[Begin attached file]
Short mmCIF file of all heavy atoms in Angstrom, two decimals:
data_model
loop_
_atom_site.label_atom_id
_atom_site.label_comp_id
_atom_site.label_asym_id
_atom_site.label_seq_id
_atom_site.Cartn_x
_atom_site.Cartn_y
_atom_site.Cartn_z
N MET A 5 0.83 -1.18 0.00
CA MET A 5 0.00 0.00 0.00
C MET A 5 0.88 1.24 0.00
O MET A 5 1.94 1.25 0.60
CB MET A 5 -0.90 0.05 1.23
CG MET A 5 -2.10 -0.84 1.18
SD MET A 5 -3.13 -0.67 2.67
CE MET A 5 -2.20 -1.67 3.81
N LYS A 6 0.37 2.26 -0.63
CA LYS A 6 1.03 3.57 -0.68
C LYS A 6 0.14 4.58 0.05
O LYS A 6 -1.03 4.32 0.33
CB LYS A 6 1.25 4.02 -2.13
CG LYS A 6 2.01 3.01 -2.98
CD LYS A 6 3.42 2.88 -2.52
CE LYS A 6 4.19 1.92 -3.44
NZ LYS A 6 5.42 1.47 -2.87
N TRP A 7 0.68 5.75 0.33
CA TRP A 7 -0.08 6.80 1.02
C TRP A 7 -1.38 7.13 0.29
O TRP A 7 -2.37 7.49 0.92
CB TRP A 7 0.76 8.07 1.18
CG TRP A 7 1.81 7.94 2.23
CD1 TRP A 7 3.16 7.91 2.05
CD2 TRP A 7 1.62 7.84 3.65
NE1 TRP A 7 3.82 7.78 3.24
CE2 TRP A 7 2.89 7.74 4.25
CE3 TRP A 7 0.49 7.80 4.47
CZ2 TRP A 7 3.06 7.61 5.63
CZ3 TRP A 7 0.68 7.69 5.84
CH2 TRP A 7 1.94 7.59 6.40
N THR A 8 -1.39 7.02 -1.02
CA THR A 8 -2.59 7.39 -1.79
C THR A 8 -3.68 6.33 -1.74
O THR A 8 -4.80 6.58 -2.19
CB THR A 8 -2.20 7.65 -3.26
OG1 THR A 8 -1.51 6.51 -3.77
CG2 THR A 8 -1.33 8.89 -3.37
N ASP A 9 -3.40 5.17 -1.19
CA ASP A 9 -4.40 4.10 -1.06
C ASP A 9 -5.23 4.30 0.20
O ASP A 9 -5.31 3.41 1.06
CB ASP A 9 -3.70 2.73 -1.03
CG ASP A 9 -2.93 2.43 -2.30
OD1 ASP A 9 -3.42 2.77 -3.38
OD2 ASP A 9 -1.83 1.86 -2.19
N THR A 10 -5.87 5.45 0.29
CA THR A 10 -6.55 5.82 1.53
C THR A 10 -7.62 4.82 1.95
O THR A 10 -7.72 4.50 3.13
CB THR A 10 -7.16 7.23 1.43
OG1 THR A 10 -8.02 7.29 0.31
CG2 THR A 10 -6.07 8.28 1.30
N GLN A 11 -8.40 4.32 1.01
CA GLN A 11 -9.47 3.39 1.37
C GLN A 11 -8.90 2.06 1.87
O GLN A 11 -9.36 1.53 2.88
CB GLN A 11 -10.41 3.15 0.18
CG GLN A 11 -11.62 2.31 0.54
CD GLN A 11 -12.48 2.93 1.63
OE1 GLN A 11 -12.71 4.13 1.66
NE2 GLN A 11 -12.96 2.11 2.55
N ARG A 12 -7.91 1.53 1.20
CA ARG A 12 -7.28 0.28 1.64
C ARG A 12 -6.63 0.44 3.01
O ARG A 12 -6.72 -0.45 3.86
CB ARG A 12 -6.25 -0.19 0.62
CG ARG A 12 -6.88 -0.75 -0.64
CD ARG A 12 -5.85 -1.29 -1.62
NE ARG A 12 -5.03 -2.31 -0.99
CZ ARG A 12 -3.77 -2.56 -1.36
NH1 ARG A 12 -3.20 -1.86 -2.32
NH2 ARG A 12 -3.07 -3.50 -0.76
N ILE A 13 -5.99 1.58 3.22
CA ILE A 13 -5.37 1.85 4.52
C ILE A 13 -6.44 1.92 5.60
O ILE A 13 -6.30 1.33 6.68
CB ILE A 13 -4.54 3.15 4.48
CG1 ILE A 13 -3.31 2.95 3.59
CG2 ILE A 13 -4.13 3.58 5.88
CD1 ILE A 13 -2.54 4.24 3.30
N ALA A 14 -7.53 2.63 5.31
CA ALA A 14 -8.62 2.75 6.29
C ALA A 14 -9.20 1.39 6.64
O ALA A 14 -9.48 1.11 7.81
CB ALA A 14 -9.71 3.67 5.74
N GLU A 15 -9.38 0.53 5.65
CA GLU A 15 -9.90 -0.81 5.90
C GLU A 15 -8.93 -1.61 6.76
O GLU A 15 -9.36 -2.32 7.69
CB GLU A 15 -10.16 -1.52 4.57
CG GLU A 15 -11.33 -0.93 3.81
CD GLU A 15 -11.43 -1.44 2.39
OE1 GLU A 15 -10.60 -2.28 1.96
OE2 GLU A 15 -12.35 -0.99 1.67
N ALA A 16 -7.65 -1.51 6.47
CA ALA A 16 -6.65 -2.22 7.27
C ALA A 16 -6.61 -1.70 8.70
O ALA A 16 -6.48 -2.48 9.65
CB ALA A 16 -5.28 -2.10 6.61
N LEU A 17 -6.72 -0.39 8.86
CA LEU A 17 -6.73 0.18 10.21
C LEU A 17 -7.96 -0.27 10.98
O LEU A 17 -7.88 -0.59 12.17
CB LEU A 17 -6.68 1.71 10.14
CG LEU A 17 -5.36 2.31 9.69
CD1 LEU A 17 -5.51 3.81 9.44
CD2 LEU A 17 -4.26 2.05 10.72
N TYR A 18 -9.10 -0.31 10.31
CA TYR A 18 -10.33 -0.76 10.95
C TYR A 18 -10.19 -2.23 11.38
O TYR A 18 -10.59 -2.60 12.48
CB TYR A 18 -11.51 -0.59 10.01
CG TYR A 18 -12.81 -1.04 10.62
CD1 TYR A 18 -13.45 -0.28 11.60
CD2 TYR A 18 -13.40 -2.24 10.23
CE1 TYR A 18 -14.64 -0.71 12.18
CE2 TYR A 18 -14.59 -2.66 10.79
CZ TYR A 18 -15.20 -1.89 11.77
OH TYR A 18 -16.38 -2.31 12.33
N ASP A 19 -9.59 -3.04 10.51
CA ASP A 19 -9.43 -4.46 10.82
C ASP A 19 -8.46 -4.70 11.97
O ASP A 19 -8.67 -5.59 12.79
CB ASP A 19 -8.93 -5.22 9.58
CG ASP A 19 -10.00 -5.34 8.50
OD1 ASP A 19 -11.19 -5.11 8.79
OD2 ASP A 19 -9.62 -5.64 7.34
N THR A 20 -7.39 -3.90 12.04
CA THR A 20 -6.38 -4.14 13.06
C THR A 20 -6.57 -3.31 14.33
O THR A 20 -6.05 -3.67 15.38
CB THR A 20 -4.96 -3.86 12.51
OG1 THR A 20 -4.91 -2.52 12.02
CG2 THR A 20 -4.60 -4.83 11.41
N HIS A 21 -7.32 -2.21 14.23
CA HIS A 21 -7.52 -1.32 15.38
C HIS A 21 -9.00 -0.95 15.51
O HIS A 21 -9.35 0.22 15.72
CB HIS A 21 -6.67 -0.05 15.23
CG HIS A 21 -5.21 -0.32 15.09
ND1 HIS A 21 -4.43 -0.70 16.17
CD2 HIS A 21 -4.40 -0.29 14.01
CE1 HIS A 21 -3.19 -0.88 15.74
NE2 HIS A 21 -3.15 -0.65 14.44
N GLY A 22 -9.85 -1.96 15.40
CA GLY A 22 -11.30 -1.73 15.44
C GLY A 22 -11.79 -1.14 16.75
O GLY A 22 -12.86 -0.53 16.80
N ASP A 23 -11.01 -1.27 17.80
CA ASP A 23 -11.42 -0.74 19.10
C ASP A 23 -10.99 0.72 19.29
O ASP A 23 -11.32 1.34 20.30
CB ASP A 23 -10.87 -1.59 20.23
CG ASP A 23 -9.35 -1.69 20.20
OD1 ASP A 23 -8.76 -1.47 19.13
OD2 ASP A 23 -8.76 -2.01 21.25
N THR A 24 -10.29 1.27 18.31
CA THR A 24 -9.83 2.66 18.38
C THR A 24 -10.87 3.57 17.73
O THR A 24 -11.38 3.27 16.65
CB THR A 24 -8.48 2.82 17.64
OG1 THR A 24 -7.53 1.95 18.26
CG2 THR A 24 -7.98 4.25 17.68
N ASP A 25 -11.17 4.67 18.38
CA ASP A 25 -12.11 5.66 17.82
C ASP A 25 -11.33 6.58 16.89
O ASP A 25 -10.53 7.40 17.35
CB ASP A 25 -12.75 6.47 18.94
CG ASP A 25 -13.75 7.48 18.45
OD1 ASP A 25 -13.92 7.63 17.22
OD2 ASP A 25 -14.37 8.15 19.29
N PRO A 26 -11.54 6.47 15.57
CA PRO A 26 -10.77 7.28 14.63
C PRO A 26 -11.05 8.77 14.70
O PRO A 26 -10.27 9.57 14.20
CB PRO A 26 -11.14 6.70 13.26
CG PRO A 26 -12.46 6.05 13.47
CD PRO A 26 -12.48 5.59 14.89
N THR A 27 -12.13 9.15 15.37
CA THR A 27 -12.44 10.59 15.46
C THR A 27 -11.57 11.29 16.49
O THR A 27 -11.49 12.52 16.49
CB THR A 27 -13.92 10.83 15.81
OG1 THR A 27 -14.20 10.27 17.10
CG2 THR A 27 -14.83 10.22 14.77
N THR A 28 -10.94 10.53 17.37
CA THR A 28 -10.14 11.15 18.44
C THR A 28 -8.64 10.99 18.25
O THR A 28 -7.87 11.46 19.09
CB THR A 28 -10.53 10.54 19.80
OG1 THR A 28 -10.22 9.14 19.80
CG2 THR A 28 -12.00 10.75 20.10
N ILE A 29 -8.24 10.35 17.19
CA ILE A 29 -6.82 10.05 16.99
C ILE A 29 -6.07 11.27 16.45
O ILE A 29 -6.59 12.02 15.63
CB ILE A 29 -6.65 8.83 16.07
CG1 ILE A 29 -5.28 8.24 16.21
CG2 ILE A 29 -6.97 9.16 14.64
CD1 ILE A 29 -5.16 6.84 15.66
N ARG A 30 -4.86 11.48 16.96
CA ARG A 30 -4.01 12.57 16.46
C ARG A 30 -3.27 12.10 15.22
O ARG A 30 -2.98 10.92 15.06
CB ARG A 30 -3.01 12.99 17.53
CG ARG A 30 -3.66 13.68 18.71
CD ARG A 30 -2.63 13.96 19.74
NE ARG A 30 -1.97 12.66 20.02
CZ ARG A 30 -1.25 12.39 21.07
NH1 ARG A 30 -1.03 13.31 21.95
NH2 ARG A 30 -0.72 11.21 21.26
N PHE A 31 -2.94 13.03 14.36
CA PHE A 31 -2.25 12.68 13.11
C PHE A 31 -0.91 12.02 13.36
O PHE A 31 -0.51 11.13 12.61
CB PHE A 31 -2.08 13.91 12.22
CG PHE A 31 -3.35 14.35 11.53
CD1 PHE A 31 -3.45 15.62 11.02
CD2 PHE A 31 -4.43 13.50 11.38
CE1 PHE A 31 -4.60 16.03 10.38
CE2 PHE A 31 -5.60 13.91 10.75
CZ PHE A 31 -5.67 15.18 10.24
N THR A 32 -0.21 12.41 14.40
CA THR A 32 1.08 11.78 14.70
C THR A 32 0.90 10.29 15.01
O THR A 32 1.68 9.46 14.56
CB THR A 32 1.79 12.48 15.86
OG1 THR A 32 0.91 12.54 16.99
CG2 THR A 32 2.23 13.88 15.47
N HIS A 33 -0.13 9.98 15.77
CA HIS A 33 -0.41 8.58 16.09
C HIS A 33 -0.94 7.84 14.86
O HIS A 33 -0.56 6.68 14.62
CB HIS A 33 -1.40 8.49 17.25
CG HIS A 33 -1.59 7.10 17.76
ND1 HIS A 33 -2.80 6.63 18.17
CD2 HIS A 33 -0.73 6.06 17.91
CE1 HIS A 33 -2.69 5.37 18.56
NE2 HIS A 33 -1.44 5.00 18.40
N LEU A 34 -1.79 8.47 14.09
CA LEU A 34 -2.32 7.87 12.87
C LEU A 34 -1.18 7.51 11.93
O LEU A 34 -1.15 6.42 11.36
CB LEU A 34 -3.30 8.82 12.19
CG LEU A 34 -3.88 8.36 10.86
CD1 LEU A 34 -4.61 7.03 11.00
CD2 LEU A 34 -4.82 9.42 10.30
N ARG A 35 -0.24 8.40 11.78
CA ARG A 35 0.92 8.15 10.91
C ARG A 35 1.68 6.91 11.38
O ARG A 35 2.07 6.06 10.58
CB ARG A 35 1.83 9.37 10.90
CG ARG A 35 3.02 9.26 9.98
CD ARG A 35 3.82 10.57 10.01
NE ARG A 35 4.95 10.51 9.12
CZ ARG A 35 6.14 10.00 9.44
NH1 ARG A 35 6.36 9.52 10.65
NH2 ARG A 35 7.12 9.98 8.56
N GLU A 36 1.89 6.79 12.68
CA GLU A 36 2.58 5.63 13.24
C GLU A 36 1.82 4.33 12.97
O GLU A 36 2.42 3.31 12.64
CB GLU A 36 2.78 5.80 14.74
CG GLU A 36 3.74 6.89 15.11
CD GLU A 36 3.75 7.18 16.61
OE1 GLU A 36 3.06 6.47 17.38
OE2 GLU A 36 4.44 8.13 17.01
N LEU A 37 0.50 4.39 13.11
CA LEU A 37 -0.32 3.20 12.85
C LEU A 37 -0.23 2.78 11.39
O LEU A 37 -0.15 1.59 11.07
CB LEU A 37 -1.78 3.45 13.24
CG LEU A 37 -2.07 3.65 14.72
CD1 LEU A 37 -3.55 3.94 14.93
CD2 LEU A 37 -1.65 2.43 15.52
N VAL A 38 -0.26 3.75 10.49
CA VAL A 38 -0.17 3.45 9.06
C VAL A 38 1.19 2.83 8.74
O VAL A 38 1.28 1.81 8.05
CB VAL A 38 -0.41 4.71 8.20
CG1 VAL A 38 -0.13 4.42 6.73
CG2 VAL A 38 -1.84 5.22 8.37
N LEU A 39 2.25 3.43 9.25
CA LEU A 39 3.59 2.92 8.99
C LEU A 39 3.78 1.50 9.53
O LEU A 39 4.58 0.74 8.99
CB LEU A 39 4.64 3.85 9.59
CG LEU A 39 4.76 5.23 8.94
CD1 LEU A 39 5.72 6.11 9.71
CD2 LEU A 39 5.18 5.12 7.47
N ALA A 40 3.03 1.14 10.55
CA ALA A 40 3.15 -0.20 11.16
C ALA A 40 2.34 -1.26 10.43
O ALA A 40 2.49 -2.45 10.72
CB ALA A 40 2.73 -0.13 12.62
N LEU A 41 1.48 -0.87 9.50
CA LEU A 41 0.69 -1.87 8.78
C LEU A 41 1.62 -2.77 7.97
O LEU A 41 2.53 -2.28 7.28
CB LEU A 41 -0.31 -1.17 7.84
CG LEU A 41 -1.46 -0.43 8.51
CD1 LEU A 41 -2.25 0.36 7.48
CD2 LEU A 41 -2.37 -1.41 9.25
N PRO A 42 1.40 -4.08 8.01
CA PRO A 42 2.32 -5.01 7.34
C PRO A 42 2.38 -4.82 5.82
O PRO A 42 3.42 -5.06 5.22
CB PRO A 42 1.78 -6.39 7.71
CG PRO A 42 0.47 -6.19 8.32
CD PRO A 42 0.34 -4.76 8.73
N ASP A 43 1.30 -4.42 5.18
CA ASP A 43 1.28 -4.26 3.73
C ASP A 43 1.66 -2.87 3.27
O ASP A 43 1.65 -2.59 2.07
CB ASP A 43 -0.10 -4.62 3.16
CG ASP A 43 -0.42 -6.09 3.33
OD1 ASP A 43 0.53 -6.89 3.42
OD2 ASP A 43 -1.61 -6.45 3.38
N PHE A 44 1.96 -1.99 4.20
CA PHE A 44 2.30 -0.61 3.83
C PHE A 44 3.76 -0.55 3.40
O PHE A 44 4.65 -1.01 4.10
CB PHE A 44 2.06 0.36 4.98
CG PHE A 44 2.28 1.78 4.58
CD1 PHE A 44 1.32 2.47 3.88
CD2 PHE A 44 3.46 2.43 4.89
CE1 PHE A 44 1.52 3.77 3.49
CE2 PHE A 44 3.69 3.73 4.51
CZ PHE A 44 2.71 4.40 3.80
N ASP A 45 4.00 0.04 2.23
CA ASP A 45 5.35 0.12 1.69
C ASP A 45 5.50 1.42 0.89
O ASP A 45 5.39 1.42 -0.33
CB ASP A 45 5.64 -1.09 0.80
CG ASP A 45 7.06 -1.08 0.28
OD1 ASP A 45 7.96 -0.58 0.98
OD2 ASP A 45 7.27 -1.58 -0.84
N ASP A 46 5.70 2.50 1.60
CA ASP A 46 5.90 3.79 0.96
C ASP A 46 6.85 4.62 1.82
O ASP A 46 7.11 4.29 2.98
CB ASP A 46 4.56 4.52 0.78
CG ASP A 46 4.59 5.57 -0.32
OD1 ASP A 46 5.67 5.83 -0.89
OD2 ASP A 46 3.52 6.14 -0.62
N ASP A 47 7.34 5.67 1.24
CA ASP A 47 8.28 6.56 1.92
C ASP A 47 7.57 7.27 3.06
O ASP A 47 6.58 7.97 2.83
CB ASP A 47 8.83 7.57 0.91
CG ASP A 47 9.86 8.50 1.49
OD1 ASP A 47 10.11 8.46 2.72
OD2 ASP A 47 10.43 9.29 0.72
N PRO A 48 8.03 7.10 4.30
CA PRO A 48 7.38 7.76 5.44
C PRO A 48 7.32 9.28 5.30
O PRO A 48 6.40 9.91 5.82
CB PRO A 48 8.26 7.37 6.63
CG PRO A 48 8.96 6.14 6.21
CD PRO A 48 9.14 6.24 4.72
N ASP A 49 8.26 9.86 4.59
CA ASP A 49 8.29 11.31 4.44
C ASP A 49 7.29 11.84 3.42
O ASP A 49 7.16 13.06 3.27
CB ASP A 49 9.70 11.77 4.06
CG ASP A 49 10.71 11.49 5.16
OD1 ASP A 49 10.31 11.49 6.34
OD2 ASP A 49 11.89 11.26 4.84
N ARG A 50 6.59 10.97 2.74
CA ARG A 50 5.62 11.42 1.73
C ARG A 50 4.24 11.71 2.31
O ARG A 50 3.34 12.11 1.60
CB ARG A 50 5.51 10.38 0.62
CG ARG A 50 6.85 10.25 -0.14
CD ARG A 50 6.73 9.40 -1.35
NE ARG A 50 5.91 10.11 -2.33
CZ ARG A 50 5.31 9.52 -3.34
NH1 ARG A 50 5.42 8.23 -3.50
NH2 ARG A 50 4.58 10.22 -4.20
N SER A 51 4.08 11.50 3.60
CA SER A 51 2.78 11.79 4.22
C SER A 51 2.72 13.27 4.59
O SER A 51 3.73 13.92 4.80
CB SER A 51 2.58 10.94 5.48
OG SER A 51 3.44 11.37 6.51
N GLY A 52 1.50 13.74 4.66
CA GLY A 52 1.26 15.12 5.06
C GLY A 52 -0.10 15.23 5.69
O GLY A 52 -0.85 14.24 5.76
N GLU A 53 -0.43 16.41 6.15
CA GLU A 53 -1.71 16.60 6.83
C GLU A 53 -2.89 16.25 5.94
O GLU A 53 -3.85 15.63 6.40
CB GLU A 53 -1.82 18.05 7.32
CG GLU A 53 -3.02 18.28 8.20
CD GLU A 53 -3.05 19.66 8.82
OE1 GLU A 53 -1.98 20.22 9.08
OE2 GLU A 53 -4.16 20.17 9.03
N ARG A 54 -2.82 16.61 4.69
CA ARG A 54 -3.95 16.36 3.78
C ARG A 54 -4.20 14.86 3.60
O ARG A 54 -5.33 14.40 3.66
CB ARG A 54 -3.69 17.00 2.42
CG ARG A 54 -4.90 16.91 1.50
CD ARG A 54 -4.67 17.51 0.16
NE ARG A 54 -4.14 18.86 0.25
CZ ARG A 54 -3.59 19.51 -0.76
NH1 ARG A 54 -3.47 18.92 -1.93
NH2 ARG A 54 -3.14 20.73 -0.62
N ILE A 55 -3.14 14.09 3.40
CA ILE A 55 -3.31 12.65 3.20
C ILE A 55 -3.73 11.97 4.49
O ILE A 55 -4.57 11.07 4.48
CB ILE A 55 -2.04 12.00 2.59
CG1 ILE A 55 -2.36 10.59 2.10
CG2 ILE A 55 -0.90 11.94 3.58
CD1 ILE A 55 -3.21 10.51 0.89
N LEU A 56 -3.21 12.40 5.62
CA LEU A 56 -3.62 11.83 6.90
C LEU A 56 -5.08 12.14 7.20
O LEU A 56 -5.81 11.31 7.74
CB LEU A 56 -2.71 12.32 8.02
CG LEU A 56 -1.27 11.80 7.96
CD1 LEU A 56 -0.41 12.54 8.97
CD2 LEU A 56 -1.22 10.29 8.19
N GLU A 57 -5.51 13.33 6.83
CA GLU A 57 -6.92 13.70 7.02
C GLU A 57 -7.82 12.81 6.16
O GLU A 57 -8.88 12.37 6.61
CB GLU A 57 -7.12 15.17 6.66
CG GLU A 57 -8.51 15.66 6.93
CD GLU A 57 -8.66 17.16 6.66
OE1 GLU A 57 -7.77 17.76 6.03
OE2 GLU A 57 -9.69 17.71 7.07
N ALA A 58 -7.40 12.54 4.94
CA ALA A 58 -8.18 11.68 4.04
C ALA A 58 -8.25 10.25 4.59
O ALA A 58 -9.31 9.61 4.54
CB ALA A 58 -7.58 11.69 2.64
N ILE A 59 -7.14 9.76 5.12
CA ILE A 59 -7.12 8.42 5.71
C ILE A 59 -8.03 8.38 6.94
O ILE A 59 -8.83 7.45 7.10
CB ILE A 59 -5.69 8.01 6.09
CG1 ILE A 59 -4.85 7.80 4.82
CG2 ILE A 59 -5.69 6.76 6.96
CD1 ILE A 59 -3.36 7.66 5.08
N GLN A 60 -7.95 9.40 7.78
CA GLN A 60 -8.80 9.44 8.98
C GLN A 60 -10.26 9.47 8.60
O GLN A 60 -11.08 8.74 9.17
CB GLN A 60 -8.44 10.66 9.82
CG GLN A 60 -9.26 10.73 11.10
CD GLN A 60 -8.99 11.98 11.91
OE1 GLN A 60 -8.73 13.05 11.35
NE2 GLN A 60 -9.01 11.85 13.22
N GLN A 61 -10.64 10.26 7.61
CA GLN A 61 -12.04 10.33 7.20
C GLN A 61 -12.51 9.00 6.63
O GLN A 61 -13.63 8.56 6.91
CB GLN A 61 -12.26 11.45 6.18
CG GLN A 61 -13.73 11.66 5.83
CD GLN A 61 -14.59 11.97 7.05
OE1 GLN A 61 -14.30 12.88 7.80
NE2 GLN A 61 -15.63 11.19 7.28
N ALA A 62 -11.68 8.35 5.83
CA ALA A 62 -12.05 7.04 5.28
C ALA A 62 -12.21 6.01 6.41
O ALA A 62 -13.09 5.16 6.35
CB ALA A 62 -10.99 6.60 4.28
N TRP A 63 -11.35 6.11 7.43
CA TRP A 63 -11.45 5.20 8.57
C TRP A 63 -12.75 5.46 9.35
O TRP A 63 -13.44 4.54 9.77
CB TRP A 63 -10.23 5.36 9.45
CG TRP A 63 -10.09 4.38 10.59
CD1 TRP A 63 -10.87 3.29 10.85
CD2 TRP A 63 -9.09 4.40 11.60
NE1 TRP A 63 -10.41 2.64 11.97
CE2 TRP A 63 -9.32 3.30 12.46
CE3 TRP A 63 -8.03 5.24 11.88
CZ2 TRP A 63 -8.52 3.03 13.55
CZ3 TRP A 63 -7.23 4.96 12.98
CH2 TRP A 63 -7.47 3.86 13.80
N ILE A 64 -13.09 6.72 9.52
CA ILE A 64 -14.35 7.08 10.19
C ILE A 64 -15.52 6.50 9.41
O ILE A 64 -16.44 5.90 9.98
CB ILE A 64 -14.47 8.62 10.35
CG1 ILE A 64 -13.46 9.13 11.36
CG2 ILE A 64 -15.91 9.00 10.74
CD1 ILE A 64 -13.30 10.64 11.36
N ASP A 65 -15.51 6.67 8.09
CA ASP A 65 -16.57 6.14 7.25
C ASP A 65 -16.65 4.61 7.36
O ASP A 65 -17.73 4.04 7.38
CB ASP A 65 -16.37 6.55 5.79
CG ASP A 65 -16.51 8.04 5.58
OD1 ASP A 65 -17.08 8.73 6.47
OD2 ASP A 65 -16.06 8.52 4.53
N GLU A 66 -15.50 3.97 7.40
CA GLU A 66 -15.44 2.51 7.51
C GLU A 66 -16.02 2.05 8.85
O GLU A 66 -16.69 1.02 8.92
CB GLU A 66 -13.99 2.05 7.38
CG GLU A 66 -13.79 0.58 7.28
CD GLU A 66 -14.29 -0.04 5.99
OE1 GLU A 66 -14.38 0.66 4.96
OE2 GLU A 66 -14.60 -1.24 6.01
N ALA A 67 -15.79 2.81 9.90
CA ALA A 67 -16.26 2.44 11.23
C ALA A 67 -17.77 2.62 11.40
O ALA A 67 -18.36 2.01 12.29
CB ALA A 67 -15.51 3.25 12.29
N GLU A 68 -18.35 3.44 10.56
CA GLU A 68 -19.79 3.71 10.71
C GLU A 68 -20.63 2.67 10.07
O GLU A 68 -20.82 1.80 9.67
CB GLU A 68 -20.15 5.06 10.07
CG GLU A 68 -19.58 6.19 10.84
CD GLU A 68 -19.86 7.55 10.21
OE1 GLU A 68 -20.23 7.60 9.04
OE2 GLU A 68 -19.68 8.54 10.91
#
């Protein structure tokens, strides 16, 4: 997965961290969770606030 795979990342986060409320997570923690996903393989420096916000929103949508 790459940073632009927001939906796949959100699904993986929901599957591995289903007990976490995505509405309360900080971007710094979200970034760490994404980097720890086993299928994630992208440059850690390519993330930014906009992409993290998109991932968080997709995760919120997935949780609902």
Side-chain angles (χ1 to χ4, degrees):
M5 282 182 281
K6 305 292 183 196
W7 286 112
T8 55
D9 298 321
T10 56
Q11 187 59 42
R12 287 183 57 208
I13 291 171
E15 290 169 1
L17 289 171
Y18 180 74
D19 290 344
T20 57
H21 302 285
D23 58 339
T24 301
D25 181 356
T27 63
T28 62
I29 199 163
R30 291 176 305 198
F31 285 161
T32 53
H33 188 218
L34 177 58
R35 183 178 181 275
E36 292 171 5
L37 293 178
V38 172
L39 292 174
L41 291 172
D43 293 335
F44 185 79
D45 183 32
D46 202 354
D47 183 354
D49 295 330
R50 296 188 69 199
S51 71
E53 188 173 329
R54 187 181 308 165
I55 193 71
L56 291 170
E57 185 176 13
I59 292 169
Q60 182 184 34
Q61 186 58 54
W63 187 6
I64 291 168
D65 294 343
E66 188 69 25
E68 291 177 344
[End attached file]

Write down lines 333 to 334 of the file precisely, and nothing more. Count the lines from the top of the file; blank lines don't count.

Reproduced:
O PHE A 44 4.65 -1.01 4.10
CB PHE A 44 2.06 0.36 4.98